Home > Featured Articles > US Credit Downgrade Reinforces Need for Personal C...
US Credit Downgrade Reinforces Need for Personal Credit Repair
Posted on August 24, 2011
The debt of the United States is growing by leaps and bounds and as a result, Standard & Poor has downgraded the nation’s credit rating. While the effects of the lowered credit score of the country have yet to be fully determined, it is safe to say that the excess spending in Washington reinforces the need for consumers to get a handle on personal credit scores.
Consumers are still spending too much and not paying off debts in a timely manner. Those who are in need of financing in the immediate future need to consider credit repair efforts before applying for a loans or new lines of credit. With the nation’s debt crisis affecting many things, interest rates being offered on loans and credit cards will likely rise
Those who already have bad credit scores need to step up and do the work to increase their consumer credit score. More industries are using credit scores to make determinations that are not necessarily financial. Insurance companies, landlords, and perspective employers are all relying on consumer credit scores before making decisions or establishing pricing.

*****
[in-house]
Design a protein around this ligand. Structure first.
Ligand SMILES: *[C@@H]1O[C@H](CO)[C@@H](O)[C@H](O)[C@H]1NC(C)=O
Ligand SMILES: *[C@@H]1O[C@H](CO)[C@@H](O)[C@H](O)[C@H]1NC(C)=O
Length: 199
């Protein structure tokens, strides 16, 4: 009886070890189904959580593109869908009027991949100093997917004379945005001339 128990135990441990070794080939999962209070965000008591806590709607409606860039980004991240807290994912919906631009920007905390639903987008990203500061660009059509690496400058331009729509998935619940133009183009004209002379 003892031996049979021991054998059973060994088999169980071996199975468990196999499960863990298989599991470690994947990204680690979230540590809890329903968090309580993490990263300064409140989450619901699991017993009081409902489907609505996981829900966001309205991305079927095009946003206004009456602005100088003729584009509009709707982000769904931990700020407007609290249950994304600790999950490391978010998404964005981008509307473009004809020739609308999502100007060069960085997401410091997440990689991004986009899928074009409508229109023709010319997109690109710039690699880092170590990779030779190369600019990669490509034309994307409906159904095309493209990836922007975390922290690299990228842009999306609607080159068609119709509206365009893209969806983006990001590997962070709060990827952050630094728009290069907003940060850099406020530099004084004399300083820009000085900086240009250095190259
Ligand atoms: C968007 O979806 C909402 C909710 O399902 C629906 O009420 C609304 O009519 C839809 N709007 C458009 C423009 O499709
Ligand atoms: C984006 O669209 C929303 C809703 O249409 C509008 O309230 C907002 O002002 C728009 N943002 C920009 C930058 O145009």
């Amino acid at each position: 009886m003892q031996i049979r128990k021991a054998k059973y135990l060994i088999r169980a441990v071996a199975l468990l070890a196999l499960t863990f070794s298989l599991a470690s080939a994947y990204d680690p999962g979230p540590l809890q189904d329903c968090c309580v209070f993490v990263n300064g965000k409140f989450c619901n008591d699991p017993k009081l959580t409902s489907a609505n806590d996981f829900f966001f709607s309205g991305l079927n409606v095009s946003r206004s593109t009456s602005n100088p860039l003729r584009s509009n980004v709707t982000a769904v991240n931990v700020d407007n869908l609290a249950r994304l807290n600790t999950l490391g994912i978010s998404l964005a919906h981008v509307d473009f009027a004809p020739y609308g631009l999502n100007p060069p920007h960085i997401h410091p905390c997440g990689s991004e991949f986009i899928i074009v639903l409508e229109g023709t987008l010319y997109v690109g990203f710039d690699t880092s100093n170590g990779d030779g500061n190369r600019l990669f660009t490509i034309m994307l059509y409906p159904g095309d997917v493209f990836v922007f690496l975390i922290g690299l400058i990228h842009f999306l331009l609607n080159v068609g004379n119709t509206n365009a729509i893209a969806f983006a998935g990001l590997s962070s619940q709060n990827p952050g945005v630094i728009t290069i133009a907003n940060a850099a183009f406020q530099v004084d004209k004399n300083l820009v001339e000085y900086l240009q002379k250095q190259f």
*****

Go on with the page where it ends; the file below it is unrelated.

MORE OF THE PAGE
As the US government continues to work through the overspending of recent years, consumers need to recognize the importance of repairing credit scores and eliminating debt as fast as possible. Even if the government has not been able to stay within budget, consumers are even more hard-pressed to get their personal credit score and budgeting system on track.
Personal finance experts and politicians have been pushing for more frugality in governmental spending. By letting the government’s fiscal disasters serve as an example of what not to do as an American consumer, personal finance, budgeting, and credit repair should be a priority among consumers.
- Consumers Encouraged to Use Credit Cards Over Debit
- Financial Experts Advise Caution with Zero-Percent Balance Transfer Credit Cards
- Credit Card APRs Remain High Even With Good Credit
- Consumer Credit Use May Indicate Better Economy
- Experts Warn Against Sharing Good Credit Scores with the Unworthy